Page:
28. Exactly when BN and FIT commenced to engage in the unauthorized activities set
frothabove is unclearat present but it is clear that they never ceasedand in fact are still doingso.
BN has been selling Diana Rubio Backpacks across the U.S., perhaps even worldwide. Seefor
example true and correct copies of digital photographs of the Diana Rubio Backpacks as offered
for sale at BN brick-and-mortar stores in Clifton, NJ in November 2013, New York, NY (350
Fifth Avenue) in June 2014, Atlanta, GA in July 2014; see also true and correct copies of
screenshots of the Diana Rubio Backpacks as offered for sale at the online BN store in
November 2013 and August 2014. All said copies and screenshots are attachedand incorporated
herein as Subparts Jl through J5 of Exhibit J.
29. The Diana Rubio Backpacks sell for at least $39.95 each (not includingsales tax)
and have proven to be quite popular, especially with the younger population, with an average
consumer rating of 4.5 out of 5 stars at BN's online store. See true and correct copies of
screenshots fromBN's own online store, attachedand incorporated herein as Exhibit K.
30. It is unclear whether FIT has been receiving royalties or other forms of payment
fromBN for every Diana Rubio Backpack sold.
31. The unauthorized use of Diana's name as set forth above has helpedBN market
andadvertise itselfandits products to theyounger and/or college population demographic.
32. FIT has been promoting and advertising itself to prospective students by and
through the Diana Rubio Backpacks as set forth above.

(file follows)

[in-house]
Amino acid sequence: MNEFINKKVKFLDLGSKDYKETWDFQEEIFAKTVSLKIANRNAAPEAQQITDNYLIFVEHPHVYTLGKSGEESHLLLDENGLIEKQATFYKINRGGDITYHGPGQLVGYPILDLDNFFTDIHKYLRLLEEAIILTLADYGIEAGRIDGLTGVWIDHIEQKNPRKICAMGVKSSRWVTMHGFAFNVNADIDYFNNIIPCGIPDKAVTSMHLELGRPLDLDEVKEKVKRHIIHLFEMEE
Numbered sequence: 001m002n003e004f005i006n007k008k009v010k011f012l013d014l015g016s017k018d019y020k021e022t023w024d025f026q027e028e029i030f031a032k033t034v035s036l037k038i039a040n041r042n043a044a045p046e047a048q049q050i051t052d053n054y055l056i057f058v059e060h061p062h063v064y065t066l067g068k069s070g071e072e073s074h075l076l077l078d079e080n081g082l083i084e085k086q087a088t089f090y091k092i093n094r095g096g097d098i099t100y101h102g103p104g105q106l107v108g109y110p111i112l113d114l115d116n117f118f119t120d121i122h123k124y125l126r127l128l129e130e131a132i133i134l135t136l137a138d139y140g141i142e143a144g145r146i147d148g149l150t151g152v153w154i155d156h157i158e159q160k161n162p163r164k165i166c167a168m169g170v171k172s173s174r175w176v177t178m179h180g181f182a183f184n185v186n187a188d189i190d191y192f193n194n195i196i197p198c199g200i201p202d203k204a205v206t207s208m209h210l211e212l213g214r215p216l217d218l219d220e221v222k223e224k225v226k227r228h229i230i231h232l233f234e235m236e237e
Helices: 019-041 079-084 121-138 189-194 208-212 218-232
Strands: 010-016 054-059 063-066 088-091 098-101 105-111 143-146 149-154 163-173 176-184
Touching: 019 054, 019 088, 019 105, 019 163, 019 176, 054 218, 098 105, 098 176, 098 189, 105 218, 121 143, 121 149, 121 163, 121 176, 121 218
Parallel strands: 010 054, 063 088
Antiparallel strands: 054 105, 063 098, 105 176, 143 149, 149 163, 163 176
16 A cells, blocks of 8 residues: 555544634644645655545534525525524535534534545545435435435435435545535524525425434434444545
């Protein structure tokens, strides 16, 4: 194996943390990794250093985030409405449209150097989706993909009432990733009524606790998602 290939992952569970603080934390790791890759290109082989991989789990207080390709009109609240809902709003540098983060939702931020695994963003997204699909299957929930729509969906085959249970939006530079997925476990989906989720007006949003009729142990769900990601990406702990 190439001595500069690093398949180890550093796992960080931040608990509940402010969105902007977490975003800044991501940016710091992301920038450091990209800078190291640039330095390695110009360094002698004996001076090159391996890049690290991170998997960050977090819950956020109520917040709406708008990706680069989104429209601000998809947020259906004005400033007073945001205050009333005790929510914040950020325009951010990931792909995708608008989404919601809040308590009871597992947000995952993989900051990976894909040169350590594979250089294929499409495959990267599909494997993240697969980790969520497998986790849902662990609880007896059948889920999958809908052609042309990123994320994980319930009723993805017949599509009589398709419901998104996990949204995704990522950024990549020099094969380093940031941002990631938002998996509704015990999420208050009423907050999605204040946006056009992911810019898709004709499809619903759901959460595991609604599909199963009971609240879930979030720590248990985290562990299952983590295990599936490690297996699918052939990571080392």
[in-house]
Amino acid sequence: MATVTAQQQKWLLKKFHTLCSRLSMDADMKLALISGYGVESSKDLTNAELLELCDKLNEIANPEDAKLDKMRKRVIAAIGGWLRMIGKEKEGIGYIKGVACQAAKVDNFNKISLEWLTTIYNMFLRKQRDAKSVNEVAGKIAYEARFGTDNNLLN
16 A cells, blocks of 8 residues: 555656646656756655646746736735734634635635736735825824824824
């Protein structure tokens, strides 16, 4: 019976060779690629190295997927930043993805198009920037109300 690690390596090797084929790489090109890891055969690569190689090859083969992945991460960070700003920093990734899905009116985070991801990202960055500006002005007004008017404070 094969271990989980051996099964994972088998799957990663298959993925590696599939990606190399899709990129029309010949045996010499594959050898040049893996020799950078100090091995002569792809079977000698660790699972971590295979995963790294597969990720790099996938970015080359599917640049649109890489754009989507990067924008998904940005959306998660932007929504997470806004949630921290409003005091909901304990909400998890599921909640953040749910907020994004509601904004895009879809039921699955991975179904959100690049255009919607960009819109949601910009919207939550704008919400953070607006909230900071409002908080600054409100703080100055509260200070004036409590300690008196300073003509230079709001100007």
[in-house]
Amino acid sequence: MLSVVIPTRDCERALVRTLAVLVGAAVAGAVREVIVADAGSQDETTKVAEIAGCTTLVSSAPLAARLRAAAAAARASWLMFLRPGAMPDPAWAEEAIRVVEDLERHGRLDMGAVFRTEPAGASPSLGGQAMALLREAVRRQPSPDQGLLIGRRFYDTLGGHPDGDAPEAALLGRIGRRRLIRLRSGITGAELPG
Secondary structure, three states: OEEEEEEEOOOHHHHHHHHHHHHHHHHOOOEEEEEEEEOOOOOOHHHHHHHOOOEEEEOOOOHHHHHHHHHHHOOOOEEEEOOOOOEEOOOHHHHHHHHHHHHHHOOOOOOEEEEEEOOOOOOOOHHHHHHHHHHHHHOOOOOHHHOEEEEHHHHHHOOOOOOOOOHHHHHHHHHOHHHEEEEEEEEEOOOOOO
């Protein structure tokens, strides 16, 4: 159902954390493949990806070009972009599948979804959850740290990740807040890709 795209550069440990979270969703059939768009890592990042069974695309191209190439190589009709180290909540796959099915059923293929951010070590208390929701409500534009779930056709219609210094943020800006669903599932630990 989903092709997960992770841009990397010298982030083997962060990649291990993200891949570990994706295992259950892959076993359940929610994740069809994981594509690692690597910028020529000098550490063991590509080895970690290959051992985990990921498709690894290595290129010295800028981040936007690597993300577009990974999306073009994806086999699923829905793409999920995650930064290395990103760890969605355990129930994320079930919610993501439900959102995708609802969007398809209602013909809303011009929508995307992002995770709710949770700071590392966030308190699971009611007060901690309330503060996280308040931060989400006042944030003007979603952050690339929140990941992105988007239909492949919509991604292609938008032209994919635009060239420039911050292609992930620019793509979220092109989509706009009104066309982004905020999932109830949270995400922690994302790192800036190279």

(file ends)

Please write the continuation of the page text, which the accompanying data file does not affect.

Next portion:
33. Diana first became aware of defendants' infringing activities several months after
she'd received BN's congratulatory letter (Exhibit D). When she found out, she complained
repeatedly to FIT staff about such infringing activities, but remainedhopeful that she'd be able to
reach an amicable solution with defendants, engage in a true collaboration withthemand agree
withthem, amongst otherthings, to some form of royalty or otherpayment.
34. Eventually Diana's patience and optimism ran out and she retained the services of
legal counsel (not her present counsel) who sent a cease and desist letter to BN in June 2013,
with a carbon copy to FIT. In that letter, Diana through her prior counsel, put defendants on
actual notice of their infringing activities, asked them to cease and desist from such activities and
further noted that she would "entertain any reasonable and fair settlement, as well as a mutually
beneficial licensing agreement." A true and correct copy of that letter is attached and
incorporated herein as Exhibit L.
35. BN responded orally with an unreasonably low settlement offer to which Diana
replied by inquiring of BN's volume of sales of Diana Rubio Backpacks, but BN refused to
provide her with such information andstill refuses to thisday.
AS AND FOR A FIRST CAUSE OF ACTION
INFRINGEMENT OF DIANA'S COPYRIGHT
36. Diana repeats and realleges each and every allegation comprised inparagraphs 1-
35above, with thesame force and effect as if specifically pleaded herein.
37. Diana, by her legal counsel, has duly registered her copyright tothe Drawing with
the United States Copyright Office (Registration Number VA 1-902-730, effective date
10
November 27, 2013), in accordance with 17 U.S.C. §§ 410 and 411. A true and correct copy of
the certificate of registration is attached hereto as Exhibit M.